One objector stopping all progress
From: Rob Sandelin (
Date: Thu, 29 Jun 2006 15:18:44 -0700 (PDT)
 When I used to do facilitation trainings in consensus groups a common
problem was one person using their veto power over the group. When this
happens, it often means you are not using consensus, you are using
unanamious agreement, which is MUCH harder to do. I found it very common
that people think that consensus means everyone agrees.  This is not the
case at all. In fact, it is very common in consensus process for members to
give permission even when they don't entirely agree.  

I have seen it where because someone raised an objection, the group assumed
that permission would be withheld (blocking).  This again often not the
case. Many times the objection is noted, but will not hold up the decision,
and when permission is asked for, it is given, even though there are
reservations and objections. This is actually pretty normal since often you
can not know the impacts of certain outcomes without making a decision,
evaluating the results over time then reflecting back on the objections or
reservations to see if they are still valid. And of course, with experience,
individuals and groups change their thinking.

The root of consensus is consent, which means, give permission to. It does
not mean agreement. It is in my experience, normal for consensus members to
hold their humility when they give permission. By that I mean, they give
permission for the group to move ahead even though they might have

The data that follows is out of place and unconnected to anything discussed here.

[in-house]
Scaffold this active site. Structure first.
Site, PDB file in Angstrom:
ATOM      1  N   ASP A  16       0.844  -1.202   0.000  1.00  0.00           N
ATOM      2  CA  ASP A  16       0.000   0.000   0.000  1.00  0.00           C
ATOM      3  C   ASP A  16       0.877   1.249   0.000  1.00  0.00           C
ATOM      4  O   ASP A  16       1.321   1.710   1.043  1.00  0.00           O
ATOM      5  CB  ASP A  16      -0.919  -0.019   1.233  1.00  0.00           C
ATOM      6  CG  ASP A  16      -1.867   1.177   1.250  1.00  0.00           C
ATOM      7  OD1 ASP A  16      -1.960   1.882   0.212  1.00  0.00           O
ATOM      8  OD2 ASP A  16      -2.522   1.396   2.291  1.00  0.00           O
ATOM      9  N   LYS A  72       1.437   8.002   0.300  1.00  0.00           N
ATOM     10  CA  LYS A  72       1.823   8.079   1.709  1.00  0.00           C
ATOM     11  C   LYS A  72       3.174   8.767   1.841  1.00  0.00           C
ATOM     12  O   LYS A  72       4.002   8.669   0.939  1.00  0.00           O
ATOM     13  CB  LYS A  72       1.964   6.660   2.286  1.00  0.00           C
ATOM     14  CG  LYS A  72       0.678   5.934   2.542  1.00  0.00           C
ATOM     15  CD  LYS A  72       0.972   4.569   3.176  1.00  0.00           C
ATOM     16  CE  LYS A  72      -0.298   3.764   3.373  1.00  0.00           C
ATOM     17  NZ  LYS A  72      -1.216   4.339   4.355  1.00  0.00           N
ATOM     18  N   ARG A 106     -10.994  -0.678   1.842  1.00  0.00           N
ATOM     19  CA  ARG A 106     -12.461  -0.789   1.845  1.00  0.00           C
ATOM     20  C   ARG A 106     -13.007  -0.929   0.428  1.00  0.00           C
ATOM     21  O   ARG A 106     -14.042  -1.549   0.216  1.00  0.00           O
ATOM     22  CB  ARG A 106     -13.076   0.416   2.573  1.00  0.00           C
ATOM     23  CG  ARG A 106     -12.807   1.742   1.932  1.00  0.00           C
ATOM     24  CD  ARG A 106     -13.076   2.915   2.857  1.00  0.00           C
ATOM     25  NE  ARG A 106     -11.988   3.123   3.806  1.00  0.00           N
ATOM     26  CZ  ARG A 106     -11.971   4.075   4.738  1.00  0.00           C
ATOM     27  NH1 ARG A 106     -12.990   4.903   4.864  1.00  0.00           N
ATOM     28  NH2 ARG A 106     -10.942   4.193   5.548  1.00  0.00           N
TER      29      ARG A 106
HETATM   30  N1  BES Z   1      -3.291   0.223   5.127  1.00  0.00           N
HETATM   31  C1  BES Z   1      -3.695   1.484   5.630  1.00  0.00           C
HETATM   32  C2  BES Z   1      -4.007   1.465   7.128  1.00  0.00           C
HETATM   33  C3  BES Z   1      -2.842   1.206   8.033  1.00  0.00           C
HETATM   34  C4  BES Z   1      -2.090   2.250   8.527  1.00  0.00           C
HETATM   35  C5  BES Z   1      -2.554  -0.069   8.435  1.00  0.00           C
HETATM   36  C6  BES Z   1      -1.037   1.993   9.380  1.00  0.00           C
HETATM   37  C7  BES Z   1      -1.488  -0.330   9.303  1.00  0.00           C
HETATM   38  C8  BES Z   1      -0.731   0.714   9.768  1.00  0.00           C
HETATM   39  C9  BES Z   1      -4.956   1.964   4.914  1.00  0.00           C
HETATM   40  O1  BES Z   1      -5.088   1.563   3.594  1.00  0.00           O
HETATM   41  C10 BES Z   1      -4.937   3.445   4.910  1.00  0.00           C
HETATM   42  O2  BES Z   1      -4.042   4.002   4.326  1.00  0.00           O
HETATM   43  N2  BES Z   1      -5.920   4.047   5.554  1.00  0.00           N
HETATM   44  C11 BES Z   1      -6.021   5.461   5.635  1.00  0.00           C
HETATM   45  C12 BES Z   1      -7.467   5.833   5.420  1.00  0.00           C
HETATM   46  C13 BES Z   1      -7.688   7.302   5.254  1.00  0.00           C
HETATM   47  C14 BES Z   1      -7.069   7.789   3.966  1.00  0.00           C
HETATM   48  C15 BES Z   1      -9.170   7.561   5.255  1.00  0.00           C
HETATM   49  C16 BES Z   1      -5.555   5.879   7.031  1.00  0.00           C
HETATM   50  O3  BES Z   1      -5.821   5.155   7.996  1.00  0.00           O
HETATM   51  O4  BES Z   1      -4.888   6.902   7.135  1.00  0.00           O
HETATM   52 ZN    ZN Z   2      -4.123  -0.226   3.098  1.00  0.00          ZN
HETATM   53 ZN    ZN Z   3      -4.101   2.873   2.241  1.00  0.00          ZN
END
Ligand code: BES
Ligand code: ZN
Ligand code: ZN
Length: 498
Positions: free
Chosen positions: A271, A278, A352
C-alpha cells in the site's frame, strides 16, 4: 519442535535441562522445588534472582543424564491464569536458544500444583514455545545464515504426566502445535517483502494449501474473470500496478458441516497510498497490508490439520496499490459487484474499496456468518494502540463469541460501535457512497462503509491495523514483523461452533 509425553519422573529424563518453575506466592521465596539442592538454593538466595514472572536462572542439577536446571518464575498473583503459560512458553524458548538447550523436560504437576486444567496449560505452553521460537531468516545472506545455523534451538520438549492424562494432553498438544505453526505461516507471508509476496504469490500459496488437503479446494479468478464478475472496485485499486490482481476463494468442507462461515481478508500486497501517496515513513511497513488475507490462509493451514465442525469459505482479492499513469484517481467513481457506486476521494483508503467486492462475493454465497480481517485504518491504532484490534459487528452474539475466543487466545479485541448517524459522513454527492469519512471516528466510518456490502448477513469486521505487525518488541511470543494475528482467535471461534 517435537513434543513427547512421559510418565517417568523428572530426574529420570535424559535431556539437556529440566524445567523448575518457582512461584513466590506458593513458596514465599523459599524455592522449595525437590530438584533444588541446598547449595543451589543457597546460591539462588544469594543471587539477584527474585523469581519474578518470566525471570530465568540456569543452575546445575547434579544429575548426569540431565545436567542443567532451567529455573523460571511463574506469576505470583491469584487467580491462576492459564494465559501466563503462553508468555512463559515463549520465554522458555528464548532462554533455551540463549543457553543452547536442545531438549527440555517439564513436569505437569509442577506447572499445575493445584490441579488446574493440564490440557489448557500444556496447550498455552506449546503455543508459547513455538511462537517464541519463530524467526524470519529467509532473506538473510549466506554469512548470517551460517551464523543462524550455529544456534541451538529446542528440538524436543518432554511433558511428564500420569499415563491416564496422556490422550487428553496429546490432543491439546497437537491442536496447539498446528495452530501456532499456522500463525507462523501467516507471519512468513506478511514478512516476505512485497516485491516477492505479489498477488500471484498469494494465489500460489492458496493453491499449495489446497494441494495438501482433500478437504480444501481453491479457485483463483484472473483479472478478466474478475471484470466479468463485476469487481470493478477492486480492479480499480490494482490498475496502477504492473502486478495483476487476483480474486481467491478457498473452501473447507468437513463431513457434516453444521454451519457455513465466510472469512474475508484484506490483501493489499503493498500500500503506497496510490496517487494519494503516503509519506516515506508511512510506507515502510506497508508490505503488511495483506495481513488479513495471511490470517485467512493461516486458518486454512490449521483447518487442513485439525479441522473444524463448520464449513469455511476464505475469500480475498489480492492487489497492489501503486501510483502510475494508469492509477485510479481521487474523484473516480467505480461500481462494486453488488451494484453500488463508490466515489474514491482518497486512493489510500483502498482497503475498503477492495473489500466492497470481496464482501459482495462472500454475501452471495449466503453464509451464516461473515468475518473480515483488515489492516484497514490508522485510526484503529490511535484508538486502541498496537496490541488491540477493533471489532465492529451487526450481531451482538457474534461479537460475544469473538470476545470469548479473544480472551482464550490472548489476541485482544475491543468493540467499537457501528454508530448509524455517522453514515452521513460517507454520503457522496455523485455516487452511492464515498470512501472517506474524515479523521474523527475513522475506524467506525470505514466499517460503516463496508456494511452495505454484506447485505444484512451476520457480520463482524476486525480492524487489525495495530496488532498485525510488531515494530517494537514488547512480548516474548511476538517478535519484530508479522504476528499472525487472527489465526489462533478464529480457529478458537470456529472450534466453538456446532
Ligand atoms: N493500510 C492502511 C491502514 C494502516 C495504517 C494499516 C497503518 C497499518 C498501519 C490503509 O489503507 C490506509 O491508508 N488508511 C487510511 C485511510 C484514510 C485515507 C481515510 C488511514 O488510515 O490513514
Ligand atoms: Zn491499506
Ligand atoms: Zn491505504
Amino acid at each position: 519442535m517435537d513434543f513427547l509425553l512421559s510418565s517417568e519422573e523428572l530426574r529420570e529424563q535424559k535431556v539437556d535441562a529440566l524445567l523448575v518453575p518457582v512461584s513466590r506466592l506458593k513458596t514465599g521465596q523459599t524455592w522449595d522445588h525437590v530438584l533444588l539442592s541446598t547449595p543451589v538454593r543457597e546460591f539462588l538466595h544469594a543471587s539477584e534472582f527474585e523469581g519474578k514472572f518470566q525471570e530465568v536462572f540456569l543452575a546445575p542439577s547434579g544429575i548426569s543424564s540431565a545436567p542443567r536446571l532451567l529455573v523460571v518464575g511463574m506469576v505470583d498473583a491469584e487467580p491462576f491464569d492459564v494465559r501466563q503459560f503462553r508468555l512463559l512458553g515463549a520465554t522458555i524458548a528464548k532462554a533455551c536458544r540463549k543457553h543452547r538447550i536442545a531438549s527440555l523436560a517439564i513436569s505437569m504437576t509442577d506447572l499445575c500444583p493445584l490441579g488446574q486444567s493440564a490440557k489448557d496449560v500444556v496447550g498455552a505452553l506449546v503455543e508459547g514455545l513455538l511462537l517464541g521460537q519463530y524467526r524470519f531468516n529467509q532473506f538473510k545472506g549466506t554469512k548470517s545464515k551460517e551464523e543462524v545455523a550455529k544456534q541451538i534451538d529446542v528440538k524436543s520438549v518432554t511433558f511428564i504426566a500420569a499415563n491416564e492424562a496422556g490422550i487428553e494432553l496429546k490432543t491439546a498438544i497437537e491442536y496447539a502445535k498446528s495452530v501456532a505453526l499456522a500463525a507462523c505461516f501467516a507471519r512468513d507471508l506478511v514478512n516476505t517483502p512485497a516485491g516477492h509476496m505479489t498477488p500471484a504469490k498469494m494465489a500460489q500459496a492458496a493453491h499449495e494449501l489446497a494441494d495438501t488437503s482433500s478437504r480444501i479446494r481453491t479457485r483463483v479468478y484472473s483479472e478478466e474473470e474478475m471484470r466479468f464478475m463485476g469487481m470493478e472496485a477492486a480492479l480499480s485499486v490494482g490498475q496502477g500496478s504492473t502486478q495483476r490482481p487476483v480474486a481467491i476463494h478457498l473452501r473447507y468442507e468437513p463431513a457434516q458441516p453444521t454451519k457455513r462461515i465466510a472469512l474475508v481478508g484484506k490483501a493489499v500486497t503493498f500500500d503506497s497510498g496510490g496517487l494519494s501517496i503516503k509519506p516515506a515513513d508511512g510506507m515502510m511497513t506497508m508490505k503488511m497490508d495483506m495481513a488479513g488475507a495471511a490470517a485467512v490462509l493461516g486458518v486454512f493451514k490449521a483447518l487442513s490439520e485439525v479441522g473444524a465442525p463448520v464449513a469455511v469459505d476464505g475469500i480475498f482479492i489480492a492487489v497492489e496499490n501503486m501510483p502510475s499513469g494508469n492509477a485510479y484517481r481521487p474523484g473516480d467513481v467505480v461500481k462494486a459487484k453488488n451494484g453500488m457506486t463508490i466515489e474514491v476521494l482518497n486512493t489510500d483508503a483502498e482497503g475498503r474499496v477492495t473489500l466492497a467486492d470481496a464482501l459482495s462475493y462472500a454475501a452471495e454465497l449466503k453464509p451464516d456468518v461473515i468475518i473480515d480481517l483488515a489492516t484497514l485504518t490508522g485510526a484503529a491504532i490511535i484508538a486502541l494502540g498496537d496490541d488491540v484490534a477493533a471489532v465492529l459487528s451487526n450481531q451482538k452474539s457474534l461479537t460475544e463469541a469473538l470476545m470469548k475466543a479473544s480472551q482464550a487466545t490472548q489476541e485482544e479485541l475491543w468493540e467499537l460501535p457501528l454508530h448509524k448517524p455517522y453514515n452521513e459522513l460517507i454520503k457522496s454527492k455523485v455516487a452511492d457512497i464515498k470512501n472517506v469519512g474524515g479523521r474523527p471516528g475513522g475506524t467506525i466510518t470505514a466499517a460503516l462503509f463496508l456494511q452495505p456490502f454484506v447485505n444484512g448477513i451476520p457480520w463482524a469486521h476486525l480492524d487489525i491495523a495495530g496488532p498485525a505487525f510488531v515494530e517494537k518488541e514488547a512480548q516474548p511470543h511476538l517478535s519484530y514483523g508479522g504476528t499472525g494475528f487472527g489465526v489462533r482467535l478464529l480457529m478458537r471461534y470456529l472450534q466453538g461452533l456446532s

disagreements or reservations because they know that their own perspective
is limited, the situation might be different than personal experience, or
they might just very well be wrong about things. After airing their ideas
and feelings, they allow the group to move ahead if doing so meets the needs
of the group.  For all these reasons, and others, the humble member gives
permission to the group to move ahead at this time. 

Obviously if the group is not willing to trust the best interests are being
upheld, or if there is personal pathology, then the group will rarely be
able to move forward using consensus and it is probably not the right method
of decision making for the group at that time. 

I am still astonished when I find groups who with considerable agony and
after hours and hours of work continue to use a decision process that does
not work for them. There is sometimes almost a cult-like attachment to
consensus, an attachment which may not serve the group at all.  Sometimes
consensus process is NOT the right process for a group to use, but they
insist on doing so anyway, until the group disbands because it is unable to
function. Then these people blame consensus for their problems, problems
which had nothing to do with consensus. 

Rob Sandelin
Naturalist, Writer
The Environmental Science School
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